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This is my black history

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Much of the still-segregated nation was in an uproar when word of the dinner was made public. The US senator from South Carolina, Benjamin Tillman, said, “The action of President Roosevelt in entertaining that [n-word] will necessitate our killing a thousand [n-words] in the South before they learn their place again.”

Elsewhere in South Carolina, however, sharecropper Will and homemaker Annie Johnson were so inspired by the president’s gesture of equality that they named their son (my grandfather) Theodore Roosevelt Johnson in his honor.

Though they could not vote in Jim Crow South Carolina, Will and Annie wanted their children to live in an America of liberty and opportunity for all that President Roosevelt’s action seemed to represent.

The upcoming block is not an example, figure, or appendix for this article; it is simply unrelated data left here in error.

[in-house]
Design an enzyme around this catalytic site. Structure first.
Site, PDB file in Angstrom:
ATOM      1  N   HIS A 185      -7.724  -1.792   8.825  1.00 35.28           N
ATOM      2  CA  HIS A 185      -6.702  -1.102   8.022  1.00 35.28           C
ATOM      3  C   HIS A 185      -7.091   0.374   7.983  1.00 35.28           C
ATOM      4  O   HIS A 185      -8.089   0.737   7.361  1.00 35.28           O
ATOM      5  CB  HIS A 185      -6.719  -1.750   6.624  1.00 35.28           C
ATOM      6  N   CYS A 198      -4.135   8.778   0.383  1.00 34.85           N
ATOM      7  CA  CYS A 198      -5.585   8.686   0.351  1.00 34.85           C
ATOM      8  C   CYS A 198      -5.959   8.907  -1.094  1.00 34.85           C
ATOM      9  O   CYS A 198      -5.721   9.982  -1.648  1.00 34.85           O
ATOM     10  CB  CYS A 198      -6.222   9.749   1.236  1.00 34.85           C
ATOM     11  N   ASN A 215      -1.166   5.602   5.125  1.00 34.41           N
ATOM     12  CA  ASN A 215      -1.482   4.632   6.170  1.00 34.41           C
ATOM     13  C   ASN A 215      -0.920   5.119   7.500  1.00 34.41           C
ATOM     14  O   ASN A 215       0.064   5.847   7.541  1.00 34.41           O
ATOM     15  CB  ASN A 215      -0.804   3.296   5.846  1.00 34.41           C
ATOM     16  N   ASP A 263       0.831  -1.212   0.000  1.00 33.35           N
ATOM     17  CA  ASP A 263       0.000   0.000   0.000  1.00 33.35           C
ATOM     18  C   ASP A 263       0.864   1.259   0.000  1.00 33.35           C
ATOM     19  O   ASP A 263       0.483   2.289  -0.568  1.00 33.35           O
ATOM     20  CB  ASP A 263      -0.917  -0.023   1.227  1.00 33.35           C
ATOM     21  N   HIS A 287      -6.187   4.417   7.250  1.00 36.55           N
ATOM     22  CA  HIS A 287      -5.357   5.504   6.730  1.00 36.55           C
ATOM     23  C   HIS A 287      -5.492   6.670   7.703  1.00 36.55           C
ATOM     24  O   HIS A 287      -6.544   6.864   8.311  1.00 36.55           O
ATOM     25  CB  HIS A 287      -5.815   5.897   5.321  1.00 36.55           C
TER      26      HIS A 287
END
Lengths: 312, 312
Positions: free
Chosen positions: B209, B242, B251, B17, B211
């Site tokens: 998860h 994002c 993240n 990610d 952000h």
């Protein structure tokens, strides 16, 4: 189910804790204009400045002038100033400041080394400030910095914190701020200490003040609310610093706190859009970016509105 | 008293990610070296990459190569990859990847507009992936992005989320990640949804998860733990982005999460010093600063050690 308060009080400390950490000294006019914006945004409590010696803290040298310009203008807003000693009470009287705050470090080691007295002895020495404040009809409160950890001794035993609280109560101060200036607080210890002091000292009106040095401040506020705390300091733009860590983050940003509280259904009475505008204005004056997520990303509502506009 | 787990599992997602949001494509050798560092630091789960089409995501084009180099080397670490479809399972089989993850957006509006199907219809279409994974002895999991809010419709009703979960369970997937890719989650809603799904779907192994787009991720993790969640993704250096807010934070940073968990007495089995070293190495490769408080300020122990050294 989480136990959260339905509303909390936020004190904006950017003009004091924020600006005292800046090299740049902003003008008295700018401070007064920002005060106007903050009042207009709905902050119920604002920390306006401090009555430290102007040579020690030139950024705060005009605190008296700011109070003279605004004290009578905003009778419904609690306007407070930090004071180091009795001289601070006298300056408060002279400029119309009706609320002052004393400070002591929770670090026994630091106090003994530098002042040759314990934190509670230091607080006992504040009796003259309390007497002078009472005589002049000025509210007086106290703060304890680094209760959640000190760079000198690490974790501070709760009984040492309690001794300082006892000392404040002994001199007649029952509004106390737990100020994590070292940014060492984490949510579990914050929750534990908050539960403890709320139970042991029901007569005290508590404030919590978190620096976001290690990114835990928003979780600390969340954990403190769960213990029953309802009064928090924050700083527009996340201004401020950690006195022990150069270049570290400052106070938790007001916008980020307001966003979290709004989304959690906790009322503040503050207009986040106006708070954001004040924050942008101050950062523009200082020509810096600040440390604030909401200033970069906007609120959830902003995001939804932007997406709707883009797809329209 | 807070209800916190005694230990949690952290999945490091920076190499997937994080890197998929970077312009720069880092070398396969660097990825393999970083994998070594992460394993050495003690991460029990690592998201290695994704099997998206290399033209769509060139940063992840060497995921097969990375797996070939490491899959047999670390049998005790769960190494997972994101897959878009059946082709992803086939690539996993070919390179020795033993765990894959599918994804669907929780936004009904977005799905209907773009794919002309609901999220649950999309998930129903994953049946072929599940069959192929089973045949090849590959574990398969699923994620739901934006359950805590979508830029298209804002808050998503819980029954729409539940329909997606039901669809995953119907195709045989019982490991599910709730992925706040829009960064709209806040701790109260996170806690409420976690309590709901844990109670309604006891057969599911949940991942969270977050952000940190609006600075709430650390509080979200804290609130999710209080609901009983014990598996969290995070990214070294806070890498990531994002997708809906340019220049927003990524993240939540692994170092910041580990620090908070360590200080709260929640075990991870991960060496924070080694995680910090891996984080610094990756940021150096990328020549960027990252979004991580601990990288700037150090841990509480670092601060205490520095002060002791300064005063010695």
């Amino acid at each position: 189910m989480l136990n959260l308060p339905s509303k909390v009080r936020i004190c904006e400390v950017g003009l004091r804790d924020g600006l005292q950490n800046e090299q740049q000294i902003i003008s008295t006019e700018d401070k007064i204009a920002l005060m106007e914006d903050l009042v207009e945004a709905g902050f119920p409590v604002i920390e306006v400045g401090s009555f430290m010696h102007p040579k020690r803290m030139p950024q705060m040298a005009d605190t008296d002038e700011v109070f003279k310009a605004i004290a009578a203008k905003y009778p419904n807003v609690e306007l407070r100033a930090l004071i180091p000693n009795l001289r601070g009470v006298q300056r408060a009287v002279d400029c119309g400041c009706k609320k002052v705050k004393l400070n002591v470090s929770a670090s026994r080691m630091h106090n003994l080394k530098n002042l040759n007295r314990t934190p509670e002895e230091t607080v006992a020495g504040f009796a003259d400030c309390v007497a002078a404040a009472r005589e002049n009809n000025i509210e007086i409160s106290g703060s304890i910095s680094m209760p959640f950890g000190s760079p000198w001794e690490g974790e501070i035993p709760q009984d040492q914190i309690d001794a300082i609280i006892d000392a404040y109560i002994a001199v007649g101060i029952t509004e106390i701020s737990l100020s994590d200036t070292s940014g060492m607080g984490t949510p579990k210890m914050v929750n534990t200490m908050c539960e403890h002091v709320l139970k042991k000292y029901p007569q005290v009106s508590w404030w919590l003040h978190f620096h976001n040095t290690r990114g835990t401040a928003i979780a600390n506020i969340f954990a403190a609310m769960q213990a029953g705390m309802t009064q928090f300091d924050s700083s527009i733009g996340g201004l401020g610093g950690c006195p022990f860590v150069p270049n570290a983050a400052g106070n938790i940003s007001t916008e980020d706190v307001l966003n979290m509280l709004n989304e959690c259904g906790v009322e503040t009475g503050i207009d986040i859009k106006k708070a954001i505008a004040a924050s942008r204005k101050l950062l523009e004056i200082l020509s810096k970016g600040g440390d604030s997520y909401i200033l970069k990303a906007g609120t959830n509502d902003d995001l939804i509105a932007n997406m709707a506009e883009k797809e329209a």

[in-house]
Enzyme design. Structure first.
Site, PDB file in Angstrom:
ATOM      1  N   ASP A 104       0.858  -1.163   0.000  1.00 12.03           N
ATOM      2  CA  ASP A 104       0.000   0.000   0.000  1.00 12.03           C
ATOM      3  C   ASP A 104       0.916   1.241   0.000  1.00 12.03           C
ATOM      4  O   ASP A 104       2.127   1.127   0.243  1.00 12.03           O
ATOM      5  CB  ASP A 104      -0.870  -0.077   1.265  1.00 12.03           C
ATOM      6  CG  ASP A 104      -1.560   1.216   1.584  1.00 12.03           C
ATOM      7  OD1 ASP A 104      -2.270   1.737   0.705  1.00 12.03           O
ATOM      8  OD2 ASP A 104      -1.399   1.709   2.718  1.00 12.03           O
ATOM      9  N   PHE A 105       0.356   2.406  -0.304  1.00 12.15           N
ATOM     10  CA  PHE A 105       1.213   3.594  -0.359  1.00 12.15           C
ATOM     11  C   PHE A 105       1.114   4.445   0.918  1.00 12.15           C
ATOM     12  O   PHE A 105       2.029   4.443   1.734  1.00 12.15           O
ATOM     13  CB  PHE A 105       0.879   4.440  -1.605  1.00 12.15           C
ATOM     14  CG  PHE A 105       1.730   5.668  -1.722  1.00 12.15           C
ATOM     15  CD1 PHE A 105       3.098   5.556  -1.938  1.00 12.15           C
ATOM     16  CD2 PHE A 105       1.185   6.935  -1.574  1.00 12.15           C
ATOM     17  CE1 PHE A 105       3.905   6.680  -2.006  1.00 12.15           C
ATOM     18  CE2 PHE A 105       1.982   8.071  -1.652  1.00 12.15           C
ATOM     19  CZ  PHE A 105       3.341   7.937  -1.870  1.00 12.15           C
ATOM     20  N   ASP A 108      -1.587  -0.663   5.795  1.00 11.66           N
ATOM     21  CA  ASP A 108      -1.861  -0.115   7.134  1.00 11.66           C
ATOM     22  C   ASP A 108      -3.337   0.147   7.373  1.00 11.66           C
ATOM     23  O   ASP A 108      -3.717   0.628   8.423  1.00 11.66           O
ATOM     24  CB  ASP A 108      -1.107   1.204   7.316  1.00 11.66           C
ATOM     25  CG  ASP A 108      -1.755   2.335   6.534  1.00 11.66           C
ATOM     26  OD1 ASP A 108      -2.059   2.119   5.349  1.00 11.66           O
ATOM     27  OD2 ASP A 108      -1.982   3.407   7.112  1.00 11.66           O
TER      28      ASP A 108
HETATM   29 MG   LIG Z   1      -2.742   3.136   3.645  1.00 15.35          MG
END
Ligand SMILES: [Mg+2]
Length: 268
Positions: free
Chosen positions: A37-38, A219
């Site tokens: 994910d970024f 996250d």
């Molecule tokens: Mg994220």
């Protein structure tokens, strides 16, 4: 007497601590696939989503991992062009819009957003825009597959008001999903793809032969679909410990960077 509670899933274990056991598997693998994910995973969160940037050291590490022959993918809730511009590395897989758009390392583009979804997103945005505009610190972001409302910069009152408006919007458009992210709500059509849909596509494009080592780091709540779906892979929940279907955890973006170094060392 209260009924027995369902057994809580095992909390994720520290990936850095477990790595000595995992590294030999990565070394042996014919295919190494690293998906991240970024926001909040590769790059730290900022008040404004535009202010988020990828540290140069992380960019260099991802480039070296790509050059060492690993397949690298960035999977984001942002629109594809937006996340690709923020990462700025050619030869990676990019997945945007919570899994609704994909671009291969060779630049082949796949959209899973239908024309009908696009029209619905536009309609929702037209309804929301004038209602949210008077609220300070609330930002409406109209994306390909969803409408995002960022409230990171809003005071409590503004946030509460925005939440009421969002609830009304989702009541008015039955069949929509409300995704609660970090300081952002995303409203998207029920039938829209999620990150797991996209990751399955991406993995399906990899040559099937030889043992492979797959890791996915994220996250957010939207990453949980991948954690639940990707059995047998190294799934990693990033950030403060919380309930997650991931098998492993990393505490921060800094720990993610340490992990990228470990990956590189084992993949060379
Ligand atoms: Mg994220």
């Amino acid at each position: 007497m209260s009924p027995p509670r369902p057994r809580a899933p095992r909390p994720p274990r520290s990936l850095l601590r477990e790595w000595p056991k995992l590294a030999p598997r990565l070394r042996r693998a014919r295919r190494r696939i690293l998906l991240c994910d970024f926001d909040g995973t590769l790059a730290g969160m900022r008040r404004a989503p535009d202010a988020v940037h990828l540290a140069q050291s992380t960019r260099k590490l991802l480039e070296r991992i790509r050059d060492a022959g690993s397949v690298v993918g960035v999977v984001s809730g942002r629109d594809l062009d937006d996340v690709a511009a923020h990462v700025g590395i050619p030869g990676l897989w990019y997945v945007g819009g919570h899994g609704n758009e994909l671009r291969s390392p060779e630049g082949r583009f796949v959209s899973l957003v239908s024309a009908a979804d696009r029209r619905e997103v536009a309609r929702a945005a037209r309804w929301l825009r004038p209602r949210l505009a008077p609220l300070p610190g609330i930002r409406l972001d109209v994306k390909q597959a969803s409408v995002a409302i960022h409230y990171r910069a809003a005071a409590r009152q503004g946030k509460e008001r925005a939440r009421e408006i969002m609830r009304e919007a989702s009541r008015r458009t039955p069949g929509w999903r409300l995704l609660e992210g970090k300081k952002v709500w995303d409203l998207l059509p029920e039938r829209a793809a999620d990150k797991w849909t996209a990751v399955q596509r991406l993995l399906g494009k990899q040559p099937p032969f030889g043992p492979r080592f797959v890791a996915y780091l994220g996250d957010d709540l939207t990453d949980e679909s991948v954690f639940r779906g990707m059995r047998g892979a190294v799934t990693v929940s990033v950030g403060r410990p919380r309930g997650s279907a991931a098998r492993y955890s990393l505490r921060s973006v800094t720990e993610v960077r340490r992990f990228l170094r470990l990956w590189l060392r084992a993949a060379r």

My grandfather was a minister, and he and his wife, Louisa, named their fourth son Theodore Roosevelt Johnson, Jr, again in hopes that their children would have the opportunity America promised, but that the racially charged 1950s did not allow.

Just over a year ago, I, Theodore Roosevelt Johnson III, walked out of the Blue Room of the White House and met the president and first lady. One of my family’s many generational hopes and dreams was finally realized once I shook hands with President Obama and spoke their names in the halls of the White House; the same space where President Roosevelt inspired two proud black people to take a leap of faith for the American promise.

This is my black history, and my American story. It indelibly binds me to a history that continues to live through me, and is not contained in an annual month-long study of facts and speeches.

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